17. john faust

    I support the goverment

    they don't record what you do, just who you contact, and they only care if that contact is a terrorist

    this helped connect others to the boston bombers, thats a good thing

    i would like no more bombs to go off, do you?

    June 11, 2013 01:48 pm at 1:48 pm |
  18. Jeff--Tacoma

    I do have concerns, about how much big brother watches me. However, I've heard nothing so far that would indicate what I would consider intrusive.

    Many of the same people that are having such a hard time with this, are the same people that would be screaming "Why didn't you do more to protect us?" after a terorist attack.

    If the government looking for patterns of my phone calls saves one person in a foiled attack, then so be it. Look all you want. If you tell me I'm not calling my mother enough, we'll have a problem.

    June 11, 2013 02:32 pm at 2:32 pm |
  19. Accidental Hypocrite

    "A time comes when silence is betrayal" – MLK

    June 11, 2013 02:33 pm at 2:33 pm |
  20. Bob T

    Just proves the old slogan..."The masses are Asses". If you believe this poll you qualify!

    June 11, 2013 02:44 pm at 2:44 pm |
  21. Fair is Fair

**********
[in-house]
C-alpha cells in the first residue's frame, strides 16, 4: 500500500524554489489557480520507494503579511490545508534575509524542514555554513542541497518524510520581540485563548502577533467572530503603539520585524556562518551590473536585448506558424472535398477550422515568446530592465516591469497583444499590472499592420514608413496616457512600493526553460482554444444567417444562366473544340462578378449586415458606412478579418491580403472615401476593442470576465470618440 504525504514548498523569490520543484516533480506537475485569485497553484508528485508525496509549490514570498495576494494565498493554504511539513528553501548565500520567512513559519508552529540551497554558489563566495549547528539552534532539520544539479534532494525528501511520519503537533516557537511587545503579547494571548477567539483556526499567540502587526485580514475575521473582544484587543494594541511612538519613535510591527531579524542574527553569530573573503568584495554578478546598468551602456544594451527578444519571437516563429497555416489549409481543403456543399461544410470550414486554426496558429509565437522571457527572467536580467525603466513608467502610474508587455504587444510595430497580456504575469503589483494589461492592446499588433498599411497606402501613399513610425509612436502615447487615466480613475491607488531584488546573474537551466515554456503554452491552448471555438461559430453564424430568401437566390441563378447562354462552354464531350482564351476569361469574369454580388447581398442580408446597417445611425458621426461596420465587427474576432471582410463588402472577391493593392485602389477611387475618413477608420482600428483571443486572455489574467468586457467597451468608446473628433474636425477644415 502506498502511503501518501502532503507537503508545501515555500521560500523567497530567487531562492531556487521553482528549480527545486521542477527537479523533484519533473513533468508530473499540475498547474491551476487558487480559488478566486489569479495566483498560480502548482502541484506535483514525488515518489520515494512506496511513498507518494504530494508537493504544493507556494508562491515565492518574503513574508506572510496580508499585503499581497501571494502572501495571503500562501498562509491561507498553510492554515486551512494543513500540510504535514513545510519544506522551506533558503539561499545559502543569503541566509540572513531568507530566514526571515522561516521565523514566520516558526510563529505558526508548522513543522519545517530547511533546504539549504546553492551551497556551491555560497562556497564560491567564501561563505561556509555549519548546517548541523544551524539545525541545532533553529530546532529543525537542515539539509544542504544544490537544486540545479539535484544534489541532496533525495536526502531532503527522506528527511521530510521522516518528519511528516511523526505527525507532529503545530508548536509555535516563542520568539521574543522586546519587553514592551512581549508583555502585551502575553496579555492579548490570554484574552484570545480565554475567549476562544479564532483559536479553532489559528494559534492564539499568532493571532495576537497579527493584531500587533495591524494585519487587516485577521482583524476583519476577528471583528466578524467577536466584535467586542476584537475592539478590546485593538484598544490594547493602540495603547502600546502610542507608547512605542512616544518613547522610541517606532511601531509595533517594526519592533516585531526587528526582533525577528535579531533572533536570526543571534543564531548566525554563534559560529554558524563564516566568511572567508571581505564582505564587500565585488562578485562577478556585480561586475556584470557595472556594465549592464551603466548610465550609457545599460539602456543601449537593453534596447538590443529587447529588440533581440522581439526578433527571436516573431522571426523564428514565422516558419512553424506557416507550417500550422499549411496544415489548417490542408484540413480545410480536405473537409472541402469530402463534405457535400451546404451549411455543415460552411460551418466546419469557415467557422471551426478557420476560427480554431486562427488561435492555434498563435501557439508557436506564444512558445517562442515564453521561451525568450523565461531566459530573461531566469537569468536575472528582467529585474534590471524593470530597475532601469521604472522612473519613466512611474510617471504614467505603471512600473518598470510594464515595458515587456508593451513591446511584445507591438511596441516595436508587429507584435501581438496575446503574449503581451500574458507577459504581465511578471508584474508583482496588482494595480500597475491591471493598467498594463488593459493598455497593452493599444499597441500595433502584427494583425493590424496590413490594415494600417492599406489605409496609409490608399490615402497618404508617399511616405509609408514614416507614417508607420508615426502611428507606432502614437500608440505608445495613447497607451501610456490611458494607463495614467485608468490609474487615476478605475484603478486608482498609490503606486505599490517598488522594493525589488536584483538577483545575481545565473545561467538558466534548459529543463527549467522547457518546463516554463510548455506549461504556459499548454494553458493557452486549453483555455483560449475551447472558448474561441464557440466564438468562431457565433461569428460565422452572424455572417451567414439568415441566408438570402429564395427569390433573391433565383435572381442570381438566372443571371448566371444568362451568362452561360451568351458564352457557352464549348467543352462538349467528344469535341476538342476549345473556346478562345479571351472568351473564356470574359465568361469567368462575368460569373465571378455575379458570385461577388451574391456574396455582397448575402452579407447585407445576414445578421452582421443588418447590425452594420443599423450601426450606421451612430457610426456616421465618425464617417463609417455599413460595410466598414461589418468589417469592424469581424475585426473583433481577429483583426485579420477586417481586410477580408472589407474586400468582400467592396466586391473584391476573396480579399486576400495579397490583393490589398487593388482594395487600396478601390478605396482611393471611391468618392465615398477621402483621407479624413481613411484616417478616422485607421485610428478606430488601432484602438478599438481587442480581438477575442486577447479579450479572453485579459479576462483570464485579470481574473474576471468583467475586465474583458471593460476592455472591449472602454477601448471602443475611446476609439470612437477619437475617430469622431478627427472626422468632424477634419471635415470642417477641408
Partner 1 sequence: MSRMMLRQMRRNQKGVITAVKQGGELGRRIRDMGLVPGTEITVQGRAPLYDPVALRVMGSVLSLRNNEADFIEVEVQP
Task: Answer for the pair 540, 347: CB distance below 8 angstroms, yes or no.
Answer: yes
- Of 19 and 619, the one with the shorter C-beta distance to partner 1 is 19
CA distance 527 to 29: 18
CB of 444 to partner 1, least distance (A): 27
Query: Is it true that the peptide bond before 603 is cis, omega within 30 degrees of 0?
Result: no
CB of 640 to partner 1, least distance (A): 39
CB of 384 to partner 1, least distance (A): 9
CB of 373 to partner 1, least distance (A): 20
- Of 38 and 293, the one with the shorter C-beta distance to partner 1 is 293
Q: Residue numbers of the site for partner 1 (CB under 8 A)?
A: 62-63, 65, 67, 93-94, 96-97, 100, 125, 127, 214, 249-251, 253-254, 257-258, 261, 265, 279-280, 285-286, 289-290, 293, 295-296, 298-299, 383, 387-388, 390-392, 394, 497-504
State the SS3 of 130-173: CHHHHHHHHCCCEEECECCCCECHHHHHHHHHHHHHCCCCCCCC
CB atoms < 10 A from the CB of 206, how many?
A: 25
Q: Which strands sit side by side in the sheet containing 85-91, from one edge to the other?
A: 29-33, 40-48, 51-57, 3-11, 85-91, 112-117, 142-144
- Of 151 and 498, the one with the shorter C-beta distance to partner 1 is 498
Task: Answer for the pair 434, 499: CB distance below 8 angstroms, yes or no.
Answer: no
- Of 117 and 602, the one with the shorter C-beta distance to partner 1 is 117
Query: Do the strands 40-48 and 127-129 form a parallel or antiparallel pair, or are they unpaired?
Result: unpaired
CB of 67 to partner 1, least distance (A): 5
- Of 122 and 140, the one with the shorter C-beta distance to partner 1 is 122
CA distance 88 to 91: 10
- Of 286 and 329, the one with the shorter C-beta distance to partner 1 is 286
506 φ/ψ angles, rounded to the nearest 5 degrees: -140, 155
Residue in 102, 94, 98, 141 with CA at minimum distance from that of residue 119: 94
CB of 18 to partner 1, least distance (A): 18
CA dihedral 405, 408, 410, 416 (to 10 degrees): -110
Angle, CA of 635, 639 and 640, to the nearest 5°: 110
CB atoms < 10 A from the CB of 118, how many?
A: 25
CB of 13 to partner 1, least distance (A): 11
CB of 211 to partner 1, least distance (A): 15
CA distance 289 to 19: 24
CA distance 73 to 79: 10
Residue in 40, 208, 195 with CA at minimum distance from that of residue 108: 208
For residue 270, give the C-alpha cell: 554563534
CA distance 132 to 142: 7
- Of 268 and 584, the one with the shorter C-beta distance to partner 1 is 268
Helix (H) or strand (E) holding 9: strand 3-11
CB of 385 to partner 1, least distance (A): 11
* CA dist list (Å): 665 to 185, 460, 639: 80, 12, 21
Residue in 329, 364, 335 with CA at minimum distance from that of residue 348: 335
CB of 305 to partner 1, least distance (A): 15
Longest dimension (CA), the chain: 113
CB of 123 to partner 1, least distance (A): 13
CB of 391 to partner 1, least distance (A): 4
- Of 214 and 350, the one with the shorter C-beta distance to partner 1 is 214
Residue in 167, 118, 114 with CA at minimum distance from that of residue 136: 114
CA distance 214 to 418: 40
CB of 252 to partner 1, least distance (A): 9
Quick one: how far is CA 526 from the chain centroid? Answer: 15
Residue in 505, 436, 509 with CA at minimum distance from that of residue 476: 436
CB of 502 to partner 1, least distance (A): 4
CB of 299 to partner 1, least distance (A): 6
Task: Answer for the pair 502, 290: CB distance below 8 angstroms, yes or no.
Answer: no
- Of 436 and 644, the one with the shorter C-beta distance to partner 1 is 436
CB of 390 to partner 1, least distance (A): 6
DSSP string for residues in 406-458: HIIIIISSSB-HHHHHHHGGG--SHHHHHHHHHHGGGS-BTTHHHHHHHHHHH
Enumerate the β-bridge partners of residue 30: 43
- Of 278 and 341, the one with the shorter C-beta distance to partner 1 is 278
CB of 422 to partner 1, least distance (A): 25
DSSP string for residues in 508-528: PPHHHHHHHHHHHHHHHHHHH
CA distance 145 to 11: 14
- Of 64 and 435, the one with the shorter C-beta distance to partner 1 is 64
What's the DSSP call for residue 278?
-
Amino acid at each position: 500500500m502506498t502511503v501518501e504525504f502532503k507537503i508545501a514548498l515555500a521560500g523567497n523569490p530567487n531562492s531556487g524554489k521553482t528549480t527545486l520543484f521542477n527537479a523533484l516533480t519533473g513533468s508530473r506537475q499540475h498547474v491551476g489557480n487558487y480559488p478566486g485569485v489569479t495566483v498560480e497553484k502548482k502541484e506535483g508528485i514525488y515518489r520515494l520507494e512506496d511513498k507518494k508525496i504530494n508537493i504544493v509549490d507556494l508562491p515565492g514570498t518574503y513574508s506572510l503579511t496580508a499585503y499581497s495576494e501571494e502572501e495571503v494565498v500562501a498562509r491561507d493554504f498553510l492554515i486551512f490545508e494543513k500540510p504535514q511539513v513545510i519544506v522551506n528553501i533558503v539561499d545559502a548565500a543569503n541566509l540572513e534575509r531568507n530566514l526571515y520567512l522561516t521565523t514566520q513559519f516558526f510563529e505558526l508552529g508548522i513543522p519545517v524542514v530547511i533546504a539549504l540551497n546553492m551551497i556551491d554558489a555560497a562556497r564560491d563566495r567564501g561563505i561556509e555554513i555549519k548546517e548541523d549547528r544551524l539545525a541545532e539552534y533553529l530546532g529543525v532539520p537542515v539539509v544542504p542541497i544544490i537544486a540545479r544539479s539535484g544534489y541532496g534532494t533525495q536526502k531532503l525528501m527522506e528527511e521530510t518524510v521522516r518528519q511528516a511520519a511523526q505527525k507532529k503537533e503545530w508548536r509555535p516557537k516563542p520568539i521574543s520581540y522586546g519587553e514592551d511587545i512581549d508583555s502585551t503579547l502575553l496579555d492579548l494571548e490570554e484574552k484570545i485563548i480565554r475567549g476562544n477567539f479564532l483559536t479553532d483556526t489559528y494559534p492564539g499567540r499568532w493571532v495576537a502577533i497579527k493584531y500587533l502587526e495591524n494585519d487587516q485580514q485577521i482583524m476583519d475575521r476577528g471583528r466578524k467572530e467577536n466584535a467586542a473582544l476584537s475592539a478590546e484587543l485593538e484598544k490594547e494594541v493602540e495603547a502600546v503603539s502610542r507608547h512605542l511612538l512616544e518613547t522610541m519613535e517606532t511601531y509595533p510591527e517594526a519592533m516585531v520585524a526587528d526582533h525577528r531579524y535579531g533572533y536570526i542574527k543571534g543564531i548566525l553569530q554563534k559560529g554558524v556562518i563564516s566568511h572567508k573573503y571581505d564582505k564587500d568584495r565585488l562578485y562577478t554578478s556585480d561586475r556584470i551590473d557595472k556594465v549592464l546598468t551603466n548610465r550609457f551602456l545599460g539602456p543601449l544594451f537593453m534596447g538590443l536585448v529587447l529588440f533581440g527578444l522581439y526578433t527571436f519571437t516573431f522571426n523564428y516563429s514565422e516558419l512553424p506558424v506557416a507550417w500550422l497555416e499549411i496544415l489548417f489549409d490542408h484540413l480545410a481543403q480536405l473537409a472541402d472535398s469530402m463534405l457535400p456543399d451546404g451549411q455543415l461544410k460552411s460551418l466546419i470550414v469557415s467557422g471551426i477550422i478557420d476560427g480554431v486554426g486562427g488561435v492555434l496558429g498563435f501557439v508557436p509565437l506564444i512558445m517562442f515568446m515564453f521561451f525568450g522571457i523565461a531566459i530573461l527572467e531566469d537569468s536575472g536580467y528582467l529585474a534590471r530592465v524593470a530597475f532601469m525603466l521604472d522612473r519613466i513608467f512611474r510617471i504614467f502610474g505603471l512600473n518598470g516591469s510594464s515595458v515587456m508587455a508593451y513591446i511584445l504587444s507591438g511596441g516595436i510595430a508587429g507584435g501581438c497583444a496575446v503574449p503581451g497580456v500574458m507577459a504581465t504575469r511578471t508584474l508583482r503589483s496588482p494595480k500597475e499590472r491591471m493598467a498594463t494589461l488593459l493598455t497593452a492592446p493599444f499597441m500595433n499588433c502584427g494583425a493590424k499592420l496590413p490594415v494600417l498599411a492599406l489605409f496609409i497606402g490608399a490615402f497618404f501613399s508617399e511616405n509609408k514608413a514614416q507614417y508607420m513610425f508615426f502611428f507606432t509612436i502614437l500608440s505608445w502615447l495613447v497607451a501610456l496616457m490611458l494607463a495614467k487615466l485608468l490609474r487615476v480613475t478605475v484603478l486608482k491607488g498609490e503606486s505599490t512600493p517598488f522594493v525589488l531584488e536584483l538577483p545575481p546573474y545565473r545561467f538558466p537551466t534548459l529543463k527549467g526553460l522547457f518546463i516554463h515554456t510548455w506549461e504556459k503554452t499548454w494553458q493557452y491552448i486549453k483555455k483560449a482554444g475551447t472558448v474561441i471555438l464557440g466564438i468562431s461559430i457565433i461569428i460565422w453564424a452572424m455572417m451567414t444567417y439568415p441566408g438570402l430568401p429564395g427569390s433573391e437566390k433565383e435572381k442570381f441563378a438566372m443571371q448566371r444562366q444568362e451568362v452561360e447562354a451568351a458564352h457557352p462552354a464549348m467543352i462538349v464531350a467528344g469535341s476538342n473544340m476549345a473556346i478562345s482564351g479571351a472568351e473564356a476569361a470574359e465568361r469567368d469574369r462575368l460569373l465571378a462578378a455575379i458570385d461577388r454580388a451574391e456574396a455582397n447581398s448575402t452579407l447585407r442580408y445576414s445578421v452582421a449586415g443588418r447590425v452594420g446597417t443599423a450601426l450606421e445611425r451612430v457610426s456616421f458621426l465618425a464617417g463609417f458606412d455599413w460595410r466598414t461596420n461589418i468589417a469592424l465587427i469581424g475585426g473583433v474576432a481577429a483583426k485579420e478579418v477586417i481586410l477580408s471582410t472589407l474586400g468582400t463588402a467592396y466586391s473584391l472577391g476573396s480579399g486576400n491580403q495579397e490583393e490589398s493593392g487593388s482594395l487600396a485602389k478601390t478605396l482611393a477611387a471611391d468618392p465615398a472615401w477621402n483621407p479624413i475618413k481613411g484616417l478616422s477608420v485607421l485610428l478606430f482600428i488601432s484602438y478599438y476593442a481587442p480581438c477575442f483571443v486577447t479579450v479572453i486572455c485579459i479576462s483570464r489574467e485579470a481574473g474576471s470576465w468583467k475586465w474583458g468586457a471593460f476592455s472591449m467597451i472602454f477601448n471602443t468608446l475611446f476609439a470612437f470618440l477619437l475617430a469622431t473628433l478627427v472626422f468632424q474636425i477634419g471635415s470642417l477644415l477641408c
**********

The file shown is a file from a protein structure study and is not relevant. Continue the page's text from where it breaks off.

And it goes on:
john faust

    I support the goverment
    Translation – I'm supported by the government.

    June 11, 2013 02:44 pm at 2:44 pm |
  22. Liberal Sense (Or lack thereof)

    Democrats Love Gov't Surveillance - As Long As It's Obama, Not Bush...

    June 11, 2013 02:50 pm at 2:50 pm |
  23. Rudy NYC

    Goth vanhellsing

    what a shock that most are not against it,,, that is till the information they thought was private is used against them.
    Shocked? They would be the folks who probably read some or all of their "Terms of Use" agreement with their phone carriers. When you sign away your privacy rights, don't go blaming the government. Your signature on a contract means more than any law. BUYER BEWARE.

    June 11, 2013 03:17 pm at 3:17 pm |
  24. Javier

    Unfortunately, what this story refused to disclose was that the poll was taken at the welfare office outside of Norfolk, VA

    June 11, 2013 03:20 pm at 3:20 pm |
  25. Mo

    hate it!

    June 11, 2013 03:23 pm at 3:23 pm |